Redding Ridge also takes an unusual approach to getting its deals rated.
S&P and Fitch have had the market pretty much locked up this year, as a rating from Moody’s gets punishing for junior tranches. That only matters if you issue all the way down the stack, however, so Redding Ridge has more flexibility than most managers. In this case, Redding Ridge used S&P and Kroll Bond Rating Agency through the stack, topping and tailing with Moody’s (the methodology is fine for triple-A notes, and a string of US deals have done “senior Moody’s” trades, where the agency isn’t invited to offer opinions on the mezz).
Digging through the rating reports, though, underlines the scale of the broader problems facing the market — the new deal has 134 bps of “excess interest”, compared to between 208 bps and 219 bps for the last six European Redding Ridge deals.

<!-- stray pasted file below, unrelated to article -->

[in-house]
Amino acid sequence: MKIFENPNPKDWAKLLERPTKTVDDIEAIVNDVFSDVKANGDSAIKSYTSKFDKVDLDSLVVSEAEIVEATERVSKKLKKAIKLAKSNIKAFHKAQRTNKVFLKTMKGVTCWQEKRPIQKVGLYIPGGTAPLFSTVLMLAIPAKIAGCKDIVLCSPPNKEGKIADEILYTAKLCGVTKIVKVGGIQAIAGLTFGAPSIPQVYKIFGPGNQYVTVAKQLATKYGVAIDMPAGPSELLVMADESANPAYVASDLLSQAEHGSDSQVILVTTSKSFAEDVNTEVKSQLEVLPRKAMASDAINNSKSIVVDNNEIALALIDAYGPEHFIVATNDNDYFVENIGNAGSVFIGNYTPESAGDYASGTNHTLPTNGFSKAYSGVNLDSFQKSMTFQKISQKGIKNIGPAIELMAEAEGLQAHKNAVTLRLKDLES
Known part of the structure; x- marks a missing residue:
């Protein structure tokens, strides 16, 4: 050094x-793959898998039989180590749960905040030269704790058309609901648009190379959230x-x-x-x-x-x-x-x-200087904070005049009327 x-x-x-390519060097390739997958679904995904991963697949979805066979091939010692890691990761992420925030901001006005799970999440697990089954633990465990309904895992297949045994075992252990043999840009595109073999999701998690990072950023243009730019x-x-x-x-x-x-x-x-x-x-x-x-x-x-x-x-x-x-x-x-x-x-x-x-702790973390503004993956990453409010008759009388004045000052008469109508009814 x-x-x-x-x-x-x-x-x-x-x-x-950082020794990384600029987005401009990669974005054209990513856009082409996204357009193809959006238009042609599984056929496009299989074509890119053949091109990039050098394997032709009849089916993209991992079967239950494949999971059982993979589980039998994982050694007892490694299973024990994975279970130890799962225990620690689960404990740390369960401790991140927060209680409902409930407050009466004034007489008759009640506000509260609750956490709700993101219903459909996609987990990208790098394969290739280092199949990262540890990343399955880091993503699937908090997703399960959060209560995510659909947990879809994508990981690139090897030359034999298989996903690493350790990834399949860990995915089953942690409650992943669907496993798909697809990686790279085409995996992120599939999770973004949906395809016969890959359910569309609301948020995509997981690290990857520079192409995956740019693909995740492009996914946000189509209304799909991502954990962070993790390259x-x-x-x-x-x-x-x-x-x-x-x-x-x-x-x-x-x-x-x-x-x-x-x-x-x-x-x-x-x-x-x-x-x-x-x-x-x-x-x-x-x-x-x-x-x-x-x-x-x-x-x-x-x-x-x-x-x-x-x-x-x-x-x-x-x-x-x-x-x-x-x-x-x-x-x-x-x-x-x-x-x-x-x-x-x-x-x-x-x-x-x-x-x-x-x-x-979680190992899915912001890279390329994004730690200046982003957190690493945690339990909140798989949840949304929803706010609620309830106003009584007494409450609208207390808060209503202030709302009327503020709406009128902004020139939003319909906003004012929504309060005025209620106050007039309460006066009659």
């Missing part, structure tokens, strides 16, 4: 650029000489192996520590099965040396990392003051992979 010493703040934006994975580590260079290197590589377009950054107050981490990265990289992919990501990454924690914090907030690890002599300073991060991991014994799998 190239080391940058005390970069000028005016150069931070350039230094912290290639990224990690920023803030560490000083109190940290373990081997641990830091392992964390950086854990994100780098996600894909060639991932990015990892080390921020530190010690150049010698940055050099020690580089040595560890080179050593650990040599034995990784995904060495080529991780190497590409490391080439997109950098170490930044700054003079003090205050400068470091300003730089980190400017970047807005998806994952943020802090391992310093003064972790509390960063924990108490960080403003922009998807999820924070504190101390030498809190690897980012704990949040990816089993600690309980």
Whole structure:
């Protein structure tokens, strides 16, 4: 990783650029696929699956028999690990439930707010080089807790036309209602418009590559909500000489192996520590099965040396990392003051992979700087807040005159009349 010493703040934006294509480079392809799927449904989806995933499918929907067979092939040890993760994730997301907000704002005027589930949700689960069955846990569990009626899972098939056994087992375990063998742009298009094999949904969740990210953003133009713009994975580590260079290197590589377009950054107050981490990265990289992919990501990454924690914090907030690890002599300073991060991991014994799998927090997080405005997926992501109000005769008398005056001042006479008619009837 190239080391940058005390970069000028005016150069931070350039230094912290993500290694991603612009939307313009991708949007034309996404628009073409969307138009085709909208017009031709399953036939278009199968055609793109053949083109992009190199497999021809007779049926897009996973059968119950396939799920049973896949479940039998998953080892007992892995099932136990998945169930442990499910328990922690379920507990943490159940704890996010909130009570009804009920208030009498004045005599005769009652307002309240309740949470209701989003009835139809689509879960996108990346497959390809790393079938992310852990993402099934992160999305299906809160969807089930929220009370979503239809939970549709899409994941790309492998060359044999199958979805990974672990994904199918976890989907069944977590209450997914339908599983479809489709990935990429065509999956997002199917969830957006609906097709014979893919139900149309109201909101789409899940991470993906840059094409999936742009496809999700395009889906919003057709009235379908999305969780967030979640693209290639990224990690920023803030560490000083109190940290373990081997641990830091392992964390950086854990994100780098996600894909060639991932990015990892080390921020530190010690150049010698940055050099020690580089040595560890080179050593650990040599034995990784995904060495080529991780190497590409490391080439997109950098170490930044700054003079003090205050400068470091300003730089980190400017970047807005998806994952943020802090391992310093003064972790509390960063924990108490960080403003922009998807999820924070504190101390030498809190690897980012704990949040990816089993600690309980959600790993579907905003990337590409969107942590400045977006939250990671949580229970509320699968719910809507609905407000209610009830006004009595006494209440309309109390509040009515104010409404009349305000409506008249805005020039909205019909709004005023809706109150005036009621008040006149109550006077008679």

The fee structure is also a little different, with Redding Ridge taking its fees through investing in “performance notes” (that’s subordinated management fee) and “preferred return notes” (incentive management fee). In theory this makes it harder for noteholders to insist on a change of manager….though in practice that’s not gonna happen anyway.
WhiteStar’s Trinitas Euro CLO III and Carlyle Euro CLO 2022-5 are more conventional, with 1.5/4.5 non-call/reinvestment periods, but still milestones — Trinitas Euro CLO III is the first true new issue since WhiteStar took over Mackay Shields Europe, and Carlyle Euro CLO 2022-5 is actually an old CBAM warehouse acquired as part of the takeover agreed earlier this year.
Certain conclusions can be inferred from deal structures — there’s a €74m loan note carved out of the Carlyle seniors, and a €40m loan note in Redding Ridge, which generally means a bank buyer.